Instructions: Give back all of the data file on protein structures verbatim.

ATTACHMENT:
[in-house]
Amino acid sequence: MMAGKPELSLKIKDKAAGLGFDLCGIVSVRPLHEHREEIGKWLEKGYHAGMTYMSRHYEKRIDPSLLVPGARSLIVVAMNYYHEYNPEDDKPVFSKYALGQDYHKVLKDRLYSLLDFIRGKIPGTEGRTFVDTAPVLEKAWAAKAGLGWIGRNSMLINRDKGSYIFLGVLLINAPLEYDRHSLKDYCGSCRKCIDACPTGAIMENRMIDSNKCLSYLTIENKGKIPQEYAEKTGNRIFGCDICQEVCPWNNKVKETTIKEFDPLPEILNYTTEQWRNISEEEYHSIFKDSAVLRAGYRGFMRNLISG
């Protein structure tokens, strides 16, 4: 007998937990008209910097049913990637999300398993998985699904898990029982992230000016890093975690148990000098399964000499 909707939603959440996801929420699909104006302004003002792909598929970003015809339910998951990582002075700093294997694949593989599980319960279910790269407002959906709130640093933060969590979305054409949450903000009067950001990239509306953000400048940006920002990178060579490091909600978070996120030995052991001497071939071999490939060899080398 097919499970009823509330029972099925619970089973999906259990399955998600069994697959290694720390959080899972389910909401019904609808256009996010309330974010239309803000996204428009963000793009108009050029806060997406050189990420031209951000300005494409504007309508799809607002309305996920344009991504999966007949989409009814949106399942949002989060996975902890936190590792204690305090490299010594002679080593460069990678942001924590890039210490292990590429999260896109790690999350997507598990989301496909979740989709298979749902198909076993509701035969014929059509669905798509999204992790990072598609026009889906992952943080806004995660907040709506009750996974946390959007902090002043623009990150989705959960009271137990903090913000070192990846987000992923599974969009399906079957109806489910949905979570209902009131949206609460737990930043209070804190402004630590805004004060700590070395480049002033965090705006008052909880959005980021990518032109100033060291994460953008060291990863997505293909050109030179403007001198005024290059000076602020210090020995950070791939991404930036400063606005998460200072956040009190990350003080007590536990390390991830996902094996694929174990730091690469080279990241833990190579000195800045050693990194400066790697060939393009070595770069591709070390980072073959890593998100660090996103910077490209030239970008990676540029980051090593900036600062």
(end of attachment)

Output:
[in-house]
Amino acid sequence: MMAGKPELSLKIKDKAAGLGFDLCGIVSVRPLHEHREEIGKWLEKGYHAGMTYMSRHYEKRIDPSLLVPGARSLIVVAMNYYHEYNPEDDKPVFSKYALGQDYHKVLKDRLYSLLDFIRGKIPGTEGRTFVDTAPVLEKAWAAKAGLGWIGRNSMLINRDKGSYIFLGVLLINAPLEYDRHSLKDYCGSCRKCIDACPTGAIMENRMIDSNKCLSYLTIENKGKIPQEYAEKTGNRIFGCDICQEVCPWNNKVKETTIKEFDPLPEILNYTTEQWRNISEEEYHSIFKDSAVLRAGYRGFMRNLISG
């Protein structure tokens, strides 16, 4: 007998937990008209910097049913990637999300398993998985699904898990029982992230000016890093975690148990000098399964000499 909707939603959440996801929420699909104006302004003002792909598929970003015809339910998951990582002075700093294997694949593989599980319960279910790269407002959906709130640093933060969590979305054409949450903000009067950001990239509306953000400048940006920002990178060579490091909600978070996120030995052991001497071939071999490939060899080398 097919499970009823509330029972099925619970089973999906259990399955998600069994697959290694720390959080899972389910909401019904609808256009996010309330974010239309803000996204428009963000793009108009050029806060997406050189990420031209951000300005494409504007309508799809607002309305996920344009991504999966007949989409009814949106399942949002989060996975902890936190590792204690305090490299010594002679080593460069990678942001924590890039210490292990590429999260896109790690999350997507598990989301496909979740989709298979749902198909076993509701035969014929059509669905798509999204992790990072598609026009889906992952943080806004995660907040709506009750996974946390959007902090002043623009990150989705959960009271137990903090913000070192990846987000992923599974969009399906079957109806489910949905979570209902009131949206609460737990930043209070804190402004630590805004004060700590070395480049002033965090705006008052909880959005980021990518032109100033060291994460953008060291990863997505293909050109030179403007001198005024290059000076602020210090020995950070791939991404930036400063606005998460200072956040009190990350003080007590536990390390991830996902094996694929174990730091690469080279990241833990190579000195800045050693990194400066790697060939393009070595770069591709070390980072073959890593998100660090996103910077490209030239970008990676540029980051090593900036600062």